Back to school – not just for kids.
We’re seeing an unfortunate trend lately, the demise of the class pet. When I was growing up, many classes had pets, and every science room had at least one living creature in it, if not a whole bunch. Who can forget watching the classic CBC series with the Riverbank Gang in “Once Upon a Hamster”, and wanting a talking GP.
From aquariums, to hamsters, rats, guinea pigs and rabbits, we would see classes either adopt, fundraise to buy, or have the parent association provide funds for a class pet. And, sometimes as a reward, or as a responsibility, a different classmate would take the pet home on weekends.
Now, with allergies, phobias and other concerns, some school districts have forbidden the class pet. That learning enrichment has been removed from our children’s schooling. Which is unfortunate, because there are so many harmless pet options that pose no threat to children’s allergies or safety.
Classic class pets are Guinea Pigs, Hamsters and Gerbils. More recently, Rats and Geckos have become very popular in schools that still allow pets.
Guinea Pigs are great pets, a nice size so that even the youngest student can handle them without fear of hurting them, they have a 5-8 year lifespan so they can be a bit of a legacy. They vocalize, making a funny Wheet wheet wheet whenever they are happy or excited, which makes them very personable. Care is simple, fresh food, water and hay daily, and a change of bedding as required, they are very unassuming pets that make great additions to a classroom.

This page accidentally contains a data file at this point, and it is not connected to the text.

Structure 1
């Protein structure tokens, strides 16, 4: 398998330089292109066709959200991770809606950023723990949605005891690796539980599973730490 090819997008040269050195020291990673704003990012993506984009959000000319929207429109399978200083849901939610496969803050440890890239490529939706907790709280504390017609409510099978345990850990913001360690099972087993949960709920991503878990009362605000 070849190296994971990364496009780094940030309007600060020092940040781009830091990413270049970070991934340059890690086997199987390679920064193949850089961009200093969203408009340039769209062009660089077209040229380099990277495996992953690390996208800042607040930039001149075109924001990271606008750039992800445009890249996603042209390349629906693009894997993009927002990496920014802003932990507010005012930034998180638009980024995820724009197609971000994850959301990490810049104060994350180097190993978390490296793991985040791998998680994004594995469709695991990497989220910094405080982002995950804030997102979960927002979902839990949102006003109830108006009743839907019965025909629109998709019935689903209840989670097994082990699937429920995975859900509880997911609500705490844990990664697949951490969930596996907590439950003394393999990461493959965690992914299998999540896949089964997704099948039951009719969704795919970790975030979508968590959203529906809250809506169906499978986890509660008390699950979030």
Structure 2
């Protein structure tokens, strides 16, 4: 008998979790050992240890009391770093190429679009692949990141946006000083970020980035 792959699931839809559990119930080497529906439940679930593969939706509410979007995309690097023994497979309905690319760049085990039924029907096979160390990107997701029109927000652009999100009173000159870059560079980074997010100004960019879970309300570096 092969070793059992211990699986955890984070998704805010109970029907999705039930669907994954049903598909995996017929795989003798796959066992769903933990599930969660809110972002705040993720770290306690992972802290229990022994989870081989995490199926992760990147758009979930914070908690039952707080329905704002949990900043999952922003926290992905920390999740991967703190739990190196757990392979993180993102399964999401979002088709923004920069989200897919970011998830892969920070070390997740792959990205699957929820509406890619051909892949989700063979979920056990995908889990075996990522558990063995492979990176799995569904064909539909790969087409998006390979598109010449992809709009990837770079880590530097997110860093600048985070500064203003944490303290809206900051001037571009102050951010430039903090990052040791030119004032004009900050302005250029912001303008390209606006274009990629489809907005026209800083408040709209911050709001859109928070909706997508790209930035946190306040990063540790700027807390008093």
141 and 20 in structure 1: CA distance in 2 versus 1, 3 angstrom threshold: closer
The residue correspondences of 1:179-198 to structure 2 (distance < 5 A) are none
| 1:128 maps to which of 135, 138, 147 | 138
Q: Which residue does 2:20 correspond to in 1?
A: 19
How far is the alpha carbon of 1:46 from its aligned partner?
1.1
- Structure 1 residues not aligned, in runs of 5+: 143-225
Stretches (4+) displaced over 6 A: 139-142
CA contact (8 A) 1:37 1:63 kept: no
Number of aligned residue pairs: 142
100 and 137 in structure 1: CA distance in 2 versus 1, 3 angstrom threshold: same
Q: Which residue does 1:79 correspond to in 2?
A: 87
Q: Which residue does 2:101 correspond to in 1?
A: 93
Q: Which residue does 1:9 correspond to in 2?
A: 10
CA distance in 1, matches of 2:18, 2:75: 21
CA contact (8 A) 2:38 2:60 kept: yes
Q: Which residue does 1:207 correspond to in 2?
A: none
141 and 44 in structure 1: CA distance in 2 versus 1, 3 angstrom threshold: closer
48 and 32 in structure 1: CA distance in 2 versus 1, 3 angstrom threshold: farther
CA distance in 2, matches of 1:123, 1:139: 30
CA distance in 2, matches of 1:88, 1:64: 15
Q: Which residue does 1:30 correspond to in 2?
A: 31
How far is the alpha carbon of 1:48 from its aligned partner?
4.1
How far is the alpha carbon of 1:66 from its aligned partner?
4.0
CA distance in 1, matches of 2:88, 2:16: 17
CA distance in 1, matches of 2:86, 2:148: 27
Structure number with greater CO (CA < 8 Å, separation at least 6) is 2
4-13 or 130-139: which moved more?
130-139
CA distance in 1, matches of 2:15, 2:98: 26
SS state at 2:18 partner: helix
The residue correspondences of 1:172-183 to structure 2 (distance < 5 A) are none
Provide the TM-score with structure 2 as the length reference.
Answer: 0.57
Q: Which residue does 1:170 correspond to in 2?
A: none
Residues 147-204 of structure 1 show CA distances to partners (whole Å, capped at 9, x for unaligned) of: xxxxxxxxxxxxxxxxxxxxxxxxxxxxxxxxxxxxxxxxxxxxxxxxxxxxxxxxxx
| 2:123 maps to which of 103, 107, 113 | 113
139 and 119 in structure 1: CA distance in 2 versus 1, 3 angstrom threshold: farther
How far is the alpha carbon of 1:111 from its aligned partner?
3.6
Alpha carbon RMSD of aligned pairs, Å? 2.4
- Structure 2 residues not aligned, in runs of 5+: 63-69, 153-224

Hamsters are very popular because of their size and inexpensive startup costs, but not all hamsters make great pets. They need to be handled gently but confidently, something that some younger children are unable to do. We recommend gloves (leather palmed garden gloves work great) when handling them to reduce the chances of being bitten, and to give confidence to both the child and the hamster during handling. Handled and treated right, they can be a great classroom pet, and easy for the kids to take home for the weekend.
Gerbils are faster moving than hamsters, a little trickier to handle, but are nice in that they are sociable, and can be kept more than one to a cage. They tend to be a little cleaner, and really work the wheel in their cage.
Rats are now becoming a favourite as a class pet, as they are extremely friendly, very social and quite intelligent. The stigma of being farm pests or sewer dwellers is gotten past very quickly once you handle one of these great pets. With the added educational opportunities like maze running, they can enrich the learning environment, as well as being a great weekend visitor for students to take home.
Geckos are small, unassuming reptiles that are easy to keep, interesting to watch and can be easily handled. The two most popular are Crested and Leopard, both require a minimal amount of equipment to keep them in (about $100 new), and can live more than 10 years. Leopard Geckos require a weekly feeding of crickets, while Cresties get a daily feeding of a pudding like prepared food, making both of them the easiest class pets to keep. Studying the habits of reptiles is a great component of any science curriculum.
If your school system is thinking about, or already has, removed animals from the classroom, please ask why. If a student has an allergy concern, of course, there is no question that they should not be a part of the classroom. But if there are no such concerns, animals can be a dynamic part of a classroom, and enrich our children’s learning experience as well as their lives.
Jeff McFarlane is the owner of Aardvark Pets in St. Vital. You can contact him with questions, comments or topic suggestions at firstname.lastname@example.org or www.aardvarkpets.com.